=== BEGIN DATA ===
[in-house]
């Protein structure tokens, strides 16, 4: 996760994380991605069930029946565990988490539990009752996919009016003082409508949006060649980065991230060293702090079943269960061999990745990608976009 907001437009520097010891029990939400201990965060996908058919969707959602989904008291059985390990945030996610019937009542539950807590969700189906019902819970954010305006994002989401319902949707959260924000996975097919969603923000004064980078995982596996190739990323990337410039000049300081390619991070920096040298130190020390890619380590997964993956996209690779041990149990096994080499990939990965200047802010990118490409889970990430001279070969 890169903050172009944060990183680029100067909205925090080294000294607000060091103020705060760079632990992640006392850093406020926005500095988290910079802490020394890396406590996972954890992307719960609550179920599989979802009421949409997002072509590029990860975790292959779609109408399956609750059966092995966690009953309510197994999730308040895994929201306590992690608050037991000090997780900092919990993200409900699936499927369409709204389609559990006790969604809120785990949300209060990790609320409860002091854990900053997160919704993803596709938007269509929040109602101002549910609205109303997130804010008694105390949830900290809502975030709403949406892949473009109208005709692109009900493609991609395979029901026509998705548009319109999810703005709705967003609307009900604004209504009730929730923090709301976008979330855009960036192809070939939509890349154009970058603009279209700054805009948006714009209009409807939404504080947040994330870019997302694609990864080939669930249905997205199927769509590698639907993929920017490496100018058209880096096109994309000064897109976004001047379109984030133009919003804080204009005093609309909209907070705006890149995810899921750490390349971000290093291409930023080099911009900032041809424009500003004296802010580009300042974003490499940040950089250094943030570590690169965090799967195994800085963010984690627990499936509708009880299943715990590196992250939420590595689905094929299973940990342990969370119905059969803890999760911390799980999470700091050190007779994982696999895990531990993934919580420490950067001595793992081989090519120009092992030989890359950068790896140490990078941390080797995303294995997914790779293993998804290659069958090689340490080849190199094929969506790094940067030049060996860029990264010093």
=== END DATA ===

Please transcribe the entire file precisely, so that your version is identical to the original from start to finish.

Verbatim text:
[in-house]
């Protein structure tokens, strides 16, 4: 996760994380991605069930029946565990988490539990009752996919009016003082409508949006060649980065991230060293702090079943269960061999990745990608976009 907001437009520097010891029990939400201990965060996908058919969707959602989904008291059985390990945030996610019937009542539950807590969700189906019902819970954010305006994002989401319902949707959260924000996975097919969603923000004064980078995982596996190739990323990337410039000049300081390619991070920096040298130190020390890619380590997964993956996209690779041990149990096994080499990939990965200047802010990118490409889970990430001279070969 890169903050172009944060990183680029100067909205925090080294000294607000060091103020705060760079632990992640006392850093406020926005500095988290910079802490020394890396406590996972954890992307719960609550179920599989979802009421949409997002072509590029990860975790292959779609109408399956609750059966092995966690009953309510197994999730308040895994929201306590992690608050037991000090997780900092919990993200409900699936499927369409709204389609559990006790969604809120785990949300209060990790609320409860002091854990900053997160919704993803596709938007269509929040109602101002549910609205109303997130804010008694105390949830900290809502975030709403949406892949473009109208005709692109009900493609991609395979029901026509998705548009319109999810703005709705967003609307009900604004209504009730929730923090709301976008979330855009960036192809070939939509890349154009970058603009279209700054805009948006714009209009409807939404504080947040994330870019997302694609990864080939669930249905997205199927769509590698639907993929920017490496100018058209880096096109994309000064897109976004001047379109984030133009919003804080204009005093609309909209907070705006890149995810899921750490390349971000290093291409930023080099911009900032041809424009500003004296802010580009300042974003490499940040950089250094943030570590690169965090799967195994800085963010984690627990499936509708009880299943715990590196992250939420590595689905094929299973940990342990969370119905059969803890999760911390799980999470700091050190007779994982696999895990531990993934919580420490950067001595793992081989090519120009092992030989890359950068790896140490990078941390080797995303294995997914790779293993998804290659069958090689340490080849190199094929969506790094940067030049060996860029990264010093």